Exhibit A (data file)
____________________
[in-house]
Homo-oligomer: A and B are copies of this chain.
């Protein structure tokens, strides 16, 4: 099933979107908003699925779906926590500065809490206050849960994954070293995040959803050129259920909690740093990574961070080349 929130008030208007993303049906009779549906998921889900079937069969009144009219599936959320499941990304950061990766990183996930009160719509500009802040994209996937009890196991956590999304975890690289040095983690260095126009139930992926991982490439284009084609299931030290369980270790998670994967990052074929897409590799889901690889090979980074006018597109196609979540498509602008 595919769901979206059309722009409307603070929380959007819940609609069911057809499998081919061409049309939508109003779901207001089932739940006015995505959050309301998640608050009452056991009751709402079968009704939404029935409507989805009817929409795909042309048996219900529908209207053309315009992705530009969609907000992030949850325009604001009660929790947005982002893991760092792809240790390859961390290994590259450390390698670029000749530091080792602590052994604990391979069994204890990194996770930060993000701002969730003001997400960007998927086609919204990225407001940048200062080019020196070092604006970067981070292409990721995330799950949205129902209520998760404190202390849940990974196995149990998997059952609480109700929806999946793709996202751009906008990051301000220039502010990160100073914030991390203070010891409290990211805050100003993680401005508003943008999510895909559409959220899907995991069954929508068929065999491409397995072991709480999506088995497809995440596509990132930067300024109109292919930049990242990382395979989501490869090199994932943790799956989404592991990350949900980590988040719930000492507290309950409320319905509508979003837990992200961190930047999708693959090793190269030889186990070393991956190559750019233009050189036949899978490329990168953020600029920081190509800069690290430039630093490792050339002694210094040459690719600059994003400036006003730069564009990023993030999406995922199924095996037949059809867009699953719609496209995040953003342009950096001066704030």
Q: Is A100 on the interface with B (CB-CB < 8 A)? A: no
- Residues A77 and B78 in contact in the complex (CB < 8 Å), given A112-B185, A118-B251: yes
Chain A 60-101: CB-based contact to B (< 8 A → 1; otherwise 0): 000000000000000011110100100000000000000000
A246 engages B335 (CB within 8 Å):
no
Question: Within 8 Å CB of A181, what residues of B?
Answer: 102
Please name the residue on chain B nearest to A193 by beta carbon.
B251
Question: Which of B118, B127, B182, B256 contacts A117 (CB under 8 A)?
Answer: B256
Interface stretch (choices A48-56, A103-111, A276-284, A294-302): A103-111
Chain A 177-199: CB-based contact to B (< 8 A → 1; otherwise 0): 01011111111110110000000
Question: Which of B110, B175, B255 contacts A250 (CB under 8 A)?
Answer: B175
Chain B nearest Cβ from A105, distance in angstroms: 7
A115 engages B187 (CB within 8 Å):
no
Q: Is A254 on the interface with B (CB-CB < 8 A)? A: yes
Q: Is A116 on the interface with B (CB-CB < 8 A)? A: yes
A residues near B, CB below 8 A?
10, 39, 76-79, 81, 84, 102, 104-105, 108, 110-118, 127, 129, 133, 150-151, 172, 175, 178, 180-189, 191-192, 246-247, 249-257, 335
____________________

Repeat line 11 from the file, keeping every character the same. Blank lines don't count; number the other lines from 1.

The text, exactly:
Please name the residue on chain B nearest to A193 by beta carbon.